Nora Ephron, the famous writer of films like, “When Harry met Sally” and the writer-director of films such as “You’ve got mail” and “Sleepless in Seattle” writes about turning sixty. It is often said that there exists a very symbiotic relationship between the music of Gershwin and the New York of Woody Allen. Ephron, on the other hand, navigates around the Big Apple with the ease of Tony Bennett and Billy Joel, what with her joyous takes on what women carry in their purses, dealing with hair dye, bad skin, and nails, to ruminative outpourings on the difficulties of buying an apartment in an area that will eventually become fashionable.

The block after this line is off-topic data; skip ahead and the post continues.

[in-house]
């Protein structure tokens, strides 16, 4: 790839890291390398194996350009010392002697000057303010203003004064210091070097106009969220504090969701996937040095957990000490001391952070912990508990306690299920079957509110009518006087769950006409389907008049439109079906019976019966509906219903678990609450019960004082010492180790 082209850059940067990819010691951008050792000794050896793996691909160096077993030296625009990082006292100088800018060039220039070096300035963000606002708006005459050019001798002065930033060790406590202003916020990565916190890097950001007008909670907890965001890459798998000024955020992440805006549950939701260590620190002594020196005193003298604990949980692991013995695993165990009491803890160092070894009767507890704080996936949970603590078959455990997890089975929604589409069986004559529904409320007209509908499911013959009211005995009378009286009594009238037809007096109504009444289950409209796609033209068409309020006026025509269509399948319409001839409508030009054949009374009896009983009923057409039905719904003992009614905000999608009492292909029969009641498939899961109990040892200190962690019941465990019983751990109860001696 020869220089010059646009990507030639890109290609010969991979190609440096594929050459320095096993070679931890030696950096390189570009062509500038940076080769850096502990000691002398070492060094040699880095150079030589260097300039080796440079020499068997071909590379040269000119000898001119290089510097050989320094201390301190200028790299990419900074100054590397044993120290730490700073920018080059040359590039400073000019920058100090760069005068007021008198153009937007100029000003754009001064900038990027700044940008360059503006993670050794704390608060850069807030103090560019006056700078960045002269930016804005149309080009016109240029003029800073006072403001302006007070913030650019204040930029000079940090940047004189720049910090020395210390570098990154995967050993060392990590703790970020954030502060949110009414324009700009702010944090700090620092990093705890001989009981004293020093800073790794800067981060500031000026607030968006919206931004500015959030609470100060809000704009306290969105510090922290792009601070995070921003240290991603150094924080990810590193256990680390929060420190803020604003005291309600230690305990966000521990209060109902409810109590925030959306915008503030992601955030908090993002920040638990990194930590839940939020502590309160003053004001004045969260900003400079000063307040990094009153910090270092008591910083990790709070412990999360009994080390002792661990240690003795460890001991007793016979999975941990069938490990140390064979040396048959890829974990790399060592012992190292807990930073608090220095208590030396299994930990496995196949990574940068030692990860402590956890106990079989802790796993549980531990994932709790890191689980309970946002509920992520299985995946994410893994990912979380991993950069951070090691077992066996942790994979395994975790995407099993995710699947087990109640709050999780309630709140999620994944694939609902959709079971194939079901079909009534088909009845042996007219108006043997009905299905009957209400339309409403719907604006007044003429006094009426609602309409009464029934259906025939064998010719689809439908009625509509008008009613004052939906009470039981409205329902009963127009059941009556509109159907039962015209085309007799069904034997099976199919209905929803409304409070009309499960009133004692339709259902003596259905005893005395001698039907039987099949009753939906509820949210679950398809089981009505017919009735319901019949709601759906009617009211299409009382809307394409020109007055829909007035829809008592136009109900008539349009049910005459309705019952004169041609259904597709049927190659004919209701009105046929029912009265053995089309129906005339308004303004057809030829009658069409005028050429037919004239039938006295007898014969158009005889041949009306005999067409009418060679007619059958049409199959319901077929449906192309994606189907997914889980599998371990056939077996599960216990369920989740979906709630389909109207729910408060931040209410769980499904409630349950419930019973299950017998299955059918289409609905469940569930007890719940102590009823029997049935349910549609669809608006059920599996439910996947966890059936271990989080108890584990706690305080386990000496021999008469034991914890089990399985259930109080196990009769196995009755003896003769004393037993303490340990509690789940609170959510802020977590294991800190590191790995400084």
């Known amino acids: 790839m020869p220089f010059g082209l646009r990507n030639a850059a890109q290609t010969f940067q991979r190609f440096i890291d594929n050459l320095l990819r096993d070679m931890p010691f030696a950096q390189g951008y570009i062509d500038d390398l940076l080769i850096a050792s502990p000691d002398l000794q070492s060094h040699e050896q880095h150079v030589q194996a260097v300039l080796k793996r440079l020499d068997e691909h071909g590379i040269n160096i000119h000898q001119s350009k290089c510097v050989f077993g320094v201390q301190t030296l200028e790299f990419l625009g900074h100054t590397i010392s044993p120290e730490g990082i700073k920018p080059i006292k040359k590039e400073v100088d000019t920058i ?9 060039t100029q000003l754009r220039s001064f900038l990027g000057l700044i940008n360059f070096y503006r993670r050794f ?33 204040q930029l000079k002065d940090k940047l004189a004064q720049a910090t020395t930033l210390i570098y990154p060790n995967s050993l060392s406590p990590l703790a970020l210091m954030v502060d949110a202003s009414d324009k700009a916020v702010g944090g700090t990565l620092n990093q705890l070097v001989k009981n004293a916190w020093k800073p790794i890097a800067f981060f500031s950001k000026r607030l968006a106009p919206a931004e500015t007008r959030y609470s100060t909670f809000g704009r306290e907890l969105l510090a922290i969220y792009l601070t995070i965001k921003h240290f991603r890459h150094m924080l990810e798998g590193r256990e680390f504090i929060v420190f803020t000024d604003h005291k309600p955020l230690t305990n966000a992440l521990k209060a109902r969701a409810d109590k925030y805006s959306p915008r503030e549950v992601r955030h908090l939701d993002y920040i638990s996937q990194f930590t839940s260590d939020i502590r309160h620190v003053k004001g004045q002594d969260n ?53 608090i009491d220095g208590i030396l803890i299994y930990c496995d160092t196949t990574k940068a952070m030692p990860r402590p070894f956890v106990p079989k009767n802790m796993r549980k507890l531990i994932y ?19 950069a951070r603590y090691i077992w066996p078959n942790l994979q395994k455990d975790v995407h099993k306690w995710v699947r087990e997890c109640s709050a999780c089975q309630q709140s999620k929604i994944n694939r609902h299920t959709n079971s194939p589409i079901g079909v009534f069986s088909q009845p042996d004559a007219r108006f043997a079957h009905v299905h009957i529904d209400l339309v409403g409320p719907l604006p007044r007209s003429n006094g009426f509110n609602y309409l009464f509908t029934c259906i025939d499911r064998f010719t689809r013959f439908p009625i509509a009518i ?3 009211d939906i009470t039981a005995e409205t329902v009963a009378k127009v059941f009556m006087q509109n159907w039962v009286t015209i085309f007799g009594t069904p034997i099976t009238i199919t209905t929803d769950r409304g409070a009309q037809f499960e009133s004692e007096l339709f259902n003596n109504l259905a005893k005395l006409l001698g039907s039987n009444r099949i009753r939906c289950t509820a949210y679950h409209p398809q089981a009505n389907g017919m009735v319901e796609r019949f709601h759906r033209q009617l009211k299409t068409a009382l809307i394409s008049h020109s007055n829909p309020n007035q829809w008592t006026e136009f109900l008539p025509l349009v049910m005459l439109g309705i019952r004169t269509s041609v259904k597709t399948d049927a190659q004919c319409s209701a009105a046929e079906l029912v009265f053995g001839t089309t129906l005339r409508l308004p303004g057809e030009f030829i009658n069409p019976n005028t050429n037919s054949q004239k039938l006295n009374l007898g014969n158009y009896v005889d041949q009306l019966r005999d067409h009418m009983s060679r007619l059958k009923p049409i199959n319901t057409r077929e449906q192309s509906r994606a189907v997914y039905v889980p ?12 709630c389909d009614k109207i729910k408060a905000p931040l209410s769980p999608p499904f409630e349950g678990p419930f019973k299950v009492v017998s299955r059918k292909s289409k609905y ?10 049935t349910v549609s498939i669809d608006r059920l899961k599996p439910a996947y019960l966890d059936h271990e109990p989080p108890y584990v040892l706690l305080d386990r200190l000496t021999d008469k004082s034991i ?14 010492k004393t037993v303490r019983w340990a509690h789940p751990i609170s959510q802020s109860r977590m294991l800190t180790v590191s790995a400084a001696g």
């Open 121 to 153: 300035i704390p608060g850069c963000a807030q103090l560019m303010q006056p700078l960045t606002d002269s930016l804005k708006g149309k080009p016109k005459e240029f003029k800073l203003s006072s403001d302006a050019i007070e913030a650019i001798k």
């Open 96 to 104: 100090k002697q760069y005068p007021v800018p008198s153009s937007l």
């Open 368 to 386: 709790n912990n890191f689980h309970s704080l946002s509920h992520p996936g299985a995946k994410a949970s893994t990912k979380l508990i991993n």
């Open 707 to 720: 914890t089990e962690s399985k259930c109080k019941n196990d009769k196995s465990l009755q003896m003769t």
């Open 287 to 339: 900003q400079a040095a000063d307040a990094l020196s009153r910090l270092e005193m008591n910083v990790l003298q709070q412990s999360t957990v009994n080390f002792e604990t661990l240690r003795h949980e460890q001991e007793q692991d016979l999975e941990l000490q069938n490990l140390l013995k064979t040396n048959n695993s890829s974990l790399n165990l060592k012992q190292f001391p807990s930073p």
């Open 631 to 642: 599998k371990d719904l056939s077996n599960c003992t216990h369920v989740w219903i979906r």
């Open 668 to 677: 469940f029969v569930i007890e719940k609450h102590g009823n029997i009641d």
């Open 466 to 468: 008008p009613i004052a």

One wishes that there were more than fleeting anecdotes on her troubled relationship with her second ex-husband, the Washington Post reporter Carl Bernstein, whose name is never mentioned in the book. She claims that he was in love with the British ambassador’s wife and that the ambassador and Ms Ephron met to weep in each other’s arms, during which time the former dryly remarked; “What is happening to this country?”
While there are no notable quotes or terribly witty statements to take home, this is certainly a cheery book to read on a short flight.